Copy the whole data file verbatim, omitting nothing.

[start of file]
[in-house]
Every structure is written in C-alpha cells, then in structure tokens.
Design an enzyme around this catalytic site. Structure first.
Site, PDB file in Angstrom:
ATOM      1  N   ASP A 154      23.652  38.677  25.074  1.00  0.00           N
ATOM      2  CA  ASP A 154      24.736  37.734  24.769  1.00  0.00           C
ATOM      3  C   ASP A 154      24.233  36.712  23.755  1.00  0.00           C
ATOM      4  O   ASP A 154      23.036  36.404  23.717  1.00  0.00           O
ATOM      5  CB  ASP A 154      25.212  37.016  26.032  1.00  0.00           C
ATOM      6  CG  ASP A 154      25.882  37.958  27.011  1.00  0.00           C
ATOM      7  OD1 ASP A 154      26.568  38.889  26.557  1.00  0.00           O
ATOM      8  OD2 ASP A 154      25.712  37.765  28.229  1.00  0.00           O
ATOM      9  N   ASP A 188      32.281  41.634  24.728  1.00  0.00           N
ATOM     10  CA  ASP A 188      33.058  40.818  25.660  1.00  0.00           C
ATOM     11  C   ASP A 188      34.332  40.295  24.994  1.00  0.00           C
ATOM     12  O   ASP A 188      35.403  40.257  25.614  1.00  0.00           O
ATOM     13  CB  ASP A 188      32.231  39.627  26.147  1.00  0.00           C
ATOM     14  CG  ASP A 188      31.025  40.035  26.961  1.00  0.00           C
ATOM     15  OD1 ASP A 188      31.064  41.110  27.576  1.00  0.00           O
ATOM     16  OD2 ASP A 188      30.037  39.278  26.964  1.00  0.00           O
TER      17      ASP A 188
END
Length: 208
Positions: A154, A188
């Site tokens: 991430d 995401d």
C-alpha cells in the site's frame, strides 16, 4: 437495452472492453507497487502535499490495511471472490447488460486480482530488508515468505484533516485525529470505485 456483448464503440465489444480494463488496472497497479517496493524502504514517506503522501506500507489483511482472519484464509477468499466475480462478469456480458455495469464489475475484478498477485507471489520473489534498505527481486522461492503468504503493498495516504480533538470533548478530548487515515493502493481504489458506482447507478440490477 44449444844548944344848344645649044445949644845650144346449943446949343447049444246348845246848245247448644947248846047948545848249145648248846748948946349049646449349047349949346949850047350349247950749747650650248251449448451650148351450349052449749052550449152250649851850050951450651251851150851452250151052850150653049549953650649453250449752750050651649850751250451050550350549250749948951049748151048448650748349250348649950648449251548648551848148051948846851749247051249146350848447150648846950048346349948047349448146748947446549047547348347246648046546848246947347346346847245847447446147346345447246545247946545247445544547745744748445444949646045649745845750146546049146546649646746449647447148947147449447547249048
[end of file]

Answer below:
[in-house]
Every structure is written in C-alpha cells, then in structure tokens.
Design an enzyme around this catalytic site. Structure first.
Site, PDB file in Angstrom:
ATOM      1  N   ASP A 154      23.652  38.677  25.074  1.00  0.00           N
ATOM      2  CA  ASP A 154      24.736  37.734  24.769  1.00  0.00           C
ATOM      3  C   ASP A 154      24.233  36.712  23.755  1.00  0.00           C
ATOM      4  O   ASP A 154      23.036  36.404  23.717  1.00  0.00           O
ATOM      5  CB  ASP A 154      25.212  37.016  26.032  1.00  0.00           C
ATOM      6  CG  ASP A 154      25.882  37.958  27.011  1.00  0.00           C
ATOM      7  OD1 ASP A 154      26.568  38.889  26.557  1.00  0.00           O
ATOM      8  OD2 ASP A 154      25.712  37.765  28.229  1.00  0.00           O
ATOM      9  N   ASP A 188      32.281  41.634  24.728  1.00  0.00           N
ATOM     10  CA  ASP A 188      33.058  40.818  25.660  1.00  0.00           C
ATOM     11  C   ASP A 188      34.332  40.295  24.994  1.00  0.00           C
ATOM     12  O   ASP A 188      35.403  40.257  25.614  1.00  0.00           O
ATOM     13  CB  ASP A 188      32.231  39.627  26.147  1.00  0.00           C
ATOM     14  CG  ASP A 188      31.025  40.035  26.961  1.00  0.00           C
ATOM     15  OD1 ASP A 188      31.064  41.110  27.576  1.00  0.00           O
ATOM     16  OD2 ASP A 188      30.037  39.278  26.964  1.00  0.00           O
TER      17      ASP A 188
END
Length: 208
Positions: A154, A188
């Site tokens: 991430d 995401d």
C-alpha cells in the site's frame, strides 16, 4: 437495452472492453507497487502535499490495511471472490447488460486480482530488508515468505484533516485525529470505485 456483448464503440465489444480494463488496472497497479517496493524502504514517506503522501506500507489483511482472519484464509477468499466475480462478469456480458455495469464489475475484478498477485507471489520473489534498505527481486522461492503468504503493498495516504480533538470533548478530548487515515493502493481504489458506482447507478440490477 44449444844548944344848344645649044445949644845650144346449943446949343447049444246348845246848245247448644947248846047948545848249145648248846748948946349049646449349047349949346949850047350349247950749747650650248251449448451650148351450349052449749052550449152250649851850050951450651251851150851452250151052850150653049549953650649453250449752750050651649850751250451050550350549250749948951049748151048448650748349250348649950648449251548648551848148051948846851749247051249146350848447150648846950048346349948047349448146748947446549047547348347246648046546848246947347346346847245847447446147346345447246545247946545247445544547745744748445444949646045649745845750146546049146546649646746449647447148947147449447547249048